Lewis Hine's Cruelty Of Child Labor

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Lewis Hine’s photo collection about cruelty of child labor enraged the public in the 1900s, as well as stirred for an answer and solutions. Though he died before seeing of an official law restricting child labor, his photos was significant towards the social movement against it by raising awareness. Hine’s pursuit against cooperate businesses like coal factories stemmed from events that shaped his life, such as his employment in his youth, his life as a photographer as well as his association and employment under the National Child Labor Committee. These socio-historical aspects of the producer influenced him in his choice to document photos of child labor; especially the one with the young boys covered in dust, and exposed the appalling truth…show more content…
As a teacher, he was acquainted with Frank Manny. Manny was the “principal of the state of the State Normal School...he immediately appointed Hine as a nature study and geography educator…Manny also asked Hine to become the school’s photographer” (Oden). It is through Manny’s employment and suggestion that Hine was introduced to photography. The article also stated that “…Hine’s primary job was to document the social and academic aspects of the school. Hine soon realized the power that photography had to reveal truth and reality…envisioned photography’s potential as an educational tool” (Oden). This event of being introduced to photography opened Hine’s world to another way to tell a story to document history. It was through this event that Hine discovered to use photography in order to expose the truth of child labor which led to many of photos depicting child labor such as the one with the breaker…show more content…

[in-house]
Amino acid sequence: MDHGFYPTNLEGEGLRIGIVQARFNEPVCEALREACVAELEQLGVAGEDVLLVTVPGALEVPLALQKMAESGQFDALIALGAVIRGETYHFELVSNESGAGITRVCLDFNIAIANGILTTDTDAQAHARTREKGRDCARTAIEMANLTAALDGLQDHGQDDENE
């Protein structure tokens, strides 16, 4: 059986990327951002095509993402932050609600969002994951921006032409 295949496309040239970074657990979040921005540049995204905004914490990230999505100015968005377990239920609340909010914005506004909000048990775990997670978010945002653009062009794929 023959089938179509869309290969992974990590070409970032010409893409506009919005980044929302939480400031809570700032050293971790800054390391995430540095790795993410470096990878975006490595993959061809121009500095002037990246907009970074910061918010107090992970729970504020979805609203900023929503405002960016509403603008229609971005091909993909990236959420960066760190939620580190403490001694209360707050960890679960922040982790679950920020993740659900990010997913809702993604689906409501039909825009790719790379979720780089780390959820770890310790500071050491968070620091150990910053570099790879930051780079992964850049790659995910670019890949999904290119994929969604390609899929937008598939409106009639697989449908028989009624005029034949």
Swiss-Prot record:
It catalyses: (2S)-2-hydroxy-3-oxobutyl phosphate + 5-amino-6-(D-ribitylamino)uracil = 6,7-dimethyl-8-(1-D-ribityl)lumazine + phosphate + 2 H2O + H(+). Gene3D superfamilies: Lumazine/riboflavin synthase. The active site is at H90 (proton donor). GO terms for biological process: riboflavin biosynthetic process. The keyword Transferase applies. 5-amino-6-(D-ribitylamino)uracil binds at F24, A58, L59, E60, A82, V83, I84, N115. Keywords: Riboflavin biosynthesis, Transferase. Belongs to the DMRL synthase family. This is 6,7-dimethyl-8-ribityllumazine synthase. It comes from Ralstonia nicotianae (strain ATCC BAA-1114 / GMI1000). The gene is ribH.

In the photos, the boys are clearly young, and there are rows of the boys and they filled the room. This photo shows the popularity in industries and factories in using children. Children in America often worked in mines and textiles (Child Labor Public Education Project), and were often exploited. It is said that children were preferred more during the Industrial Revolution because “...factory owners viewed them as more manageable, cheaper, and less likely to strike” (Child Labor Public Education Project). In other words, in the early 1900s, industries exploited the children as a workforce and gave the children little pay. Hine managed to capture the popularity of child labor through the photo by portraying a large amount of boys working instead of going to school. This was socio-historically important because the photo portrays how the industries thrived off of exploitation due to no laws or restrictions on child labor and pushes the public to consider the actions of corporate businesses on American

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